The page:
A psychiatrist with intense acrophobia (fear of heights) goes to work for a mental institution run by doctors who appear to be crazier than their patients, and have secrets that they are willing to commit murder to keep.
An American grandson of the infamous scientist, struggling to prove that his grandfather was not as insane as people believe, is invited to Transylvania, where he discovers the process that reanimates a dead body.
A bad Polish actor is just trying to make a living when what should intrude but World War II in the form of an invasion. His wife has the habit of entertaining young Polish officers while he's on stage which is also a source of depression to him. When one of her officers comes back on a Secret Mission, the actor takes charge and comes up with a plan for them to escape.Written by
John Vogel <email@example.com>
Directorial debut of Alan Johnson, who was best known for working as a choreographer, including on several of Mel Brooks's films, starting with the infamous 'Springrime for Hitler' number in The Producers (1967). See more »
When Mel Brooks character's car is being pulled by the horse you can see a line of some sort that is being used either to pull the horse forward or to help the horse pull the car. See more »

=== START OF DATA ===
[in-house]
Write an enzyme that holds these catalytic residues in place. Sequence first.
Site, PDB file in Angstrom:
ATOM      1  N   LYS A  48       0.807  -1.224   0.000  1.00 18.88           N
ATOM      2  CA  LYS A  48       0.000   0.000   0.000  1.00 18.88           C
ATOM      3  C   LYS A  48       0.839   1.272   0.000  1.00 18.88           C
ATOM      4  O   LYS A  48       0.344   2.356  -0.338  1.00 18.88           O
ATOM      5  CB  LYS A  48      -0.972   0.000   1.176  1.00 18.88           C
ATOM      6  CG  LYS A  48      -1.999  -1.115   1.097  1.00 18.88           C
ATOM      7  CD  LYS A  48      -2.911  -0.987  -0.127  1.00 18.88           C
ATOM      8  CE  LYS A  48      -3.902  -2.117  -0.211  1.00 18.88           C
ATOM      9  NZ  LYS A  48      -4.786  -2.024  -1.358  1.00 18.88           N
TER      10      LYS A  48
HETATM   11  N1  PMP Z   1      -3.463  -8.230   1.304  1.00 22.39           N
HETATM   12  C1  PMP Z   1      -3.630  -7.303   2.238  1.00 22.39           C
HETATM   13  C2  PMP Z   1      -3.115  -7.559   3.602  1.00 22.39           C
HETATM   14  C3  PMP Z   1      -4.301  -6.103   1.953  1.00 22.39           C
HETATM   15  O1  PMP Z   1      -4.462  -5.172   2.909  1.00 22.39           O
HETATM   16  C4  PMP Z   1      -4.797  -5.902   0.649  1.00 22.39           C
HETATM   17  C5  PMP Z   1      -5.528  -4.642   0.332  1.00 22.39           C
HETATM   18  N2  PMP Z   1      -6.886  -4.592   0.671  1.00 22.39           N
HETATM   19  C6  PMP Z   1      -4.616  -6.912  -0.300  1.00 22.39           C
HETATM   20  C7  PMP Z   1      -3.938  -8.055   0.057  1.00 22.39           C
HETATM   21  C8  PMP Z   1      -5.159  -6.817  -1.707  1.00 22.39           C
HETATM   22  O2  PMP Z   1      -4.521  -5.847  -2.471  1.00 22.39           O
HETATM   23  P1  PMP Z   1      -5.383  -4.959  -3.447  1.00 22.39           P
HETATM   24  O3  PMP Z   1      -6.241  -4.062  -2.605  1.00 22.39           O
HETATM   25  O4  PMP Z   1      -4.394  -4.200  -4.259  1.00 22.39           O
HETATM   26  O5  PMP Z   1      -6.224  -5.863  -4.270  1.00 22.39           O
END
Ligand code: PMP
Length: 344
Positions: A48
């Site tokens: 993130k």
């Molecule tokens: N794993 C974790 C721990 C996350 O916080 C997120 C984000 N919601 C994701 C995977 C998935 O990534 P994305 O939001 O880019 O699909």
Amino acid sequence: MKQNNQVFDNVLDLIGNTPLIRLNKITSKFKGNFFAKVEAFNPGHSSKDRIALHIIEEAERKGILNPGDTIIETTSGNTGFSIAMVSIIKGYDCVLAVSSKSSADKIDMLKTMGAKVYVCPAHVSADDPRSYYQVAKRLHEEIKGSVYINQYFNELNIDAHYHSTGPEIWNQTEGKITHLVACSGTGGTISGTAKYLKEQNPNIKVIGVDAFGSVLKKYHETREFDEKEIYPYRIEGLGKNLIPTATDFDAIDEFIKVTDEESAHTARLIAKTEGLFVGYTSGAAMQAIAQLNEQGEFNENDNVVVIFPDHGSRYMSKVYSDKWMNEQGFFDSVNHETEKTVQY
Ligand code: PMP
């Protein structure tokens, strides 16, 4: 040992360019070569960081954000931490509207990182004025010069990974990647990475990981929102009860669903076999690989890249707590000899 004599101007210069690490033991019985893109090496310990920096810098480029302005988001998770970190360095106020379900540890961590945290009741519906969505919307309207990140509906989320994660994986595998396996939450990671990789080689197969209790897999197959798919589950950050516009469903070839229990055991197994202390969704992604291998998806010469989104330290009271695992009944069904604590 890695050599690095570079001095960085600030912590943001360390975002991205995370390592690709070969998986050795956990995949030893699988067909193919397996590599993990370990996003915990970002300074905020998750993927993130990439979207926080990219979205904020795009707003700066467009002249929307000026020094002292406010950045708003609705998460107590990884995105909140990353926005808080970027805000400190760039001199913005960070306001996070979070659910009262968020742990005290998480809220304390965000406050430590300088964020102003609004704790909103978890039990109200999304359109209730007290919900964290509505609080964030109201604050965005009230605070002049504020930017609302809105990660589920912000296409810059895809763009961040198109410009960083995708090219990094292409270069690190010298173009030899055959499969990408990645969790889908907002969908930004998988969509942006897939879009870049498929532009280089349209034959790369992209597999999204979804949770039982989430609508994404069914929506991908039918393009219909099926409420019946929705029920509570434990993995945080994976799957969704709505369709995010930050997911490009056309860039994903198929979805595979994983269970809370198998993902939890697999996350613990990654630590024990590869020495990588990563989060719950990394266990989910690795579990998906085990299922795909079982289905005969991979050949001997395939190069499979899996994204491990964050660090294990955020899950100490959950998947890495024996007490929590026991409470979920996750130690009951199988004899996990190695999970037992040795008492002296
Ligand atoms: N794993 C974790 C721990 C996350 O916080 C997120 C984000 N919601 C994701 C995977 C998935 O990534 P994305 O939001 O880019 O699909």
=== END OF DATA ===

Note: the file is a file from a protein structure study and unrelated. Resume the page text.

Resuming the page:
[disguised as Prof. Siletski]
Remember, Erhardt, I'm going to see the Fuhrer tonight. Who knows *what* we'll talk about!
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At the end of the movie, each cast member comes and takes a bow, as they would for a stage play, while their names are on the screen. See more »
This remake of Ernst Lubitsch's wartime comedy has often been dismissed as a ham-fisted and unnecessary vanity exercise. This is grossly unfair, as the Brooks' version is in fact a deft and funny comedy that stands up well in comparison to its forebear. Mel Brooks and Anne Bancroft make their own the roles of the Bronskis, a Warsaw theatrical duo ("world famous in Poland")who star in revues at the Bronski theatre. When war breaks out the Bronskis become brood-hens to an ever-growing community of Jewish refugees while staying one step ahead of the Nazis. Brooks and Bancroft are fine in the roles of the battling Bronskis, particularly Mel Brooks who finds a touching level of vulnerability beneath the bombast and bluster of Frederick Bronski. Despite the farcical and improbable plot twists, the narrative is sound and genuine pathos registers throughout the film. Those with fond memories of Jack Benny and Carole Lombard in the lead roles may have boycotted this on first release, but they have denied themselves a rare treat - a sure-footed and genuinely entertaining film.
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